Embracing New Ways of Being through Performing

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Last weekend, Vis and I headed to Nova Scotia just for one day to perform at the first annual Berwick Yoga festival. This was the first time that Vish and I traveled to perform as a duo, and I was surprisingly calm and centered. One the one hand, I knew that Vish can pull out a killer kirtan from his vast bag of magical tunes. On the other, I can’t quite say the same for myself. I’m a moody performer, or sensitive, shy – i’m not quite sure how to describe it. When I am in the groove, I can be free and on-fire, rising and falling with the waves of energy around me. My problem is that I’m not always in the groove when I’m supposed to be. My inner machinations get jammed up and I’m more like a stiff robot. At least that’s how I feel. And often it’s when I most need to be on my game that I’m not. So I don’t have full confidence in my ability to show up for the show-down (I really should not be calling a kirtan a show-down! But I suppose it sort-off illustrates my mind-set or how I’m approaching it sadly) Recently, however, I’ve felt a change within where I want to grow beyond my limitations. I’m inspired from many directions to change. One of them was seeing Revati, Gaura Vani’s 7-year old daughter, sing:

If Revati has the courage to simply sing, why can I not have this courage?
So yes, there is a growing willingness on my part to simply go for it.

Still when I heard from the organizers at Berwick that the participants were new to everything Yoga and still timid about opening their hearts, I felt my alarms go off. It became less easy to take deep breaths and the fear that I had awaited took its chance to slink in. What if they would fear the kirtan and judge us? What if they would feel uncomfortable? What if they would close off from me and remain unresponsive? Questions like these began to pelt me and my calm dissipated just as we arrived at the festival. It was taking place at the United Church’s summer camp in Berwick and the significance of that struck me in a different light now that my breath had less room in my body. But I tried my best to respond to the warm and friendly greetings by each of the organizers who went out of their way to make sure we had all we needed. Their friendliness did much to put me at ease, but I continued to be nervous about our evening performance. It was a strange nervousness because I knew that we could and would perform well. What I was nervous about I can’t quite say, only that I couldn’t talk myself out of it.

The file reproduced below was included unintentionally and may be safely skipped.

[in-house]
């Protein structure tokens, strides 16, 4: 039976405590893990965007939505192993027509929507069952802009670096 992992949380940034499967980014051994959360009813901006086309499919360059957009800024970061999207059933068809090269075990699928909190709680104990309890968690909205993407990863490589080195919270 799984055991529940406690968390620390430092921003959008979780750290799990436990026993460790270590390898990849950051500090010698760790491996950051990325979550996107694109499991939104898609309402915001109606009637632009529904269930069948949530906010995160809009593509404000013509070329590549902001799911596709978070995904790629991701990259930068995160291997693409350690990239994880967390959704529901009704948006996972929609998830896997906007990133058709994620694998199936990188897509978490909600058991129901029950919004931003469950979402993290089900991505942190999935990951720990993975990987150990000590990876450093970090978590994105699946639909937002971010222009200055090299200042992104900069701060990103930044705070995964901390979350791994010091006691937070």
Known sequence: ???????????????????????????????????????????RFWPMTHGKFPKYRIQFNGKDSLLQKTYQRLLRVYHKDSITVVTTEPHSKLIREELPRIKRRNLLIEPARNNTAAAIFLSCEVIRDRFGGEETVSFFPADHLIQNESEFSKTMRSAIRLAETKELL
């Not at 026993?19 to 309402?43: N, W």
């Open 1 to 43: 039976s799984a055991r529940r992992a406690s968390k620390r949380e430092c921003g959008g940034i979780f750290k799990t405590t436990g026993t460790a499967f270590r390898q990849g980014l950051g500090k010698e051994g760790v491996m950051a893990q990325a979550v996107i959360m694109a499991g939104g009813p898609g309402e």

The most beautiful occurrence for me was the beginning of our offering. I was waiting outside for my ‘dramatic dance entrance’ and Vis was singing the invocation prayers acapella with flute in between each verse. He held the space in an unhurried way simply allowing his strong voice and the prayer to be enough. It was so beautiful.

Soon after I had my ‘tadaa!’ moment with our Bells & Bols dance, and our evening was in full-swing.

Radhe-Govinda bhajan:

Final kirtan:

With all humility, the evening was a real success. I can honestly say that time has never disappeared so quickly for me in a concert before. I could not believe two hours had gone by. Everyone showered us with love and appreciation through continuous applause and joyful faces.

I never imagined this would be my life. But it felt so satisfying that Vish and I could really pull-off an entire show by ourselves. With gratitude to the open-hearted audience and to the warm friendliness that I now think of as Nova Scotian 🙂

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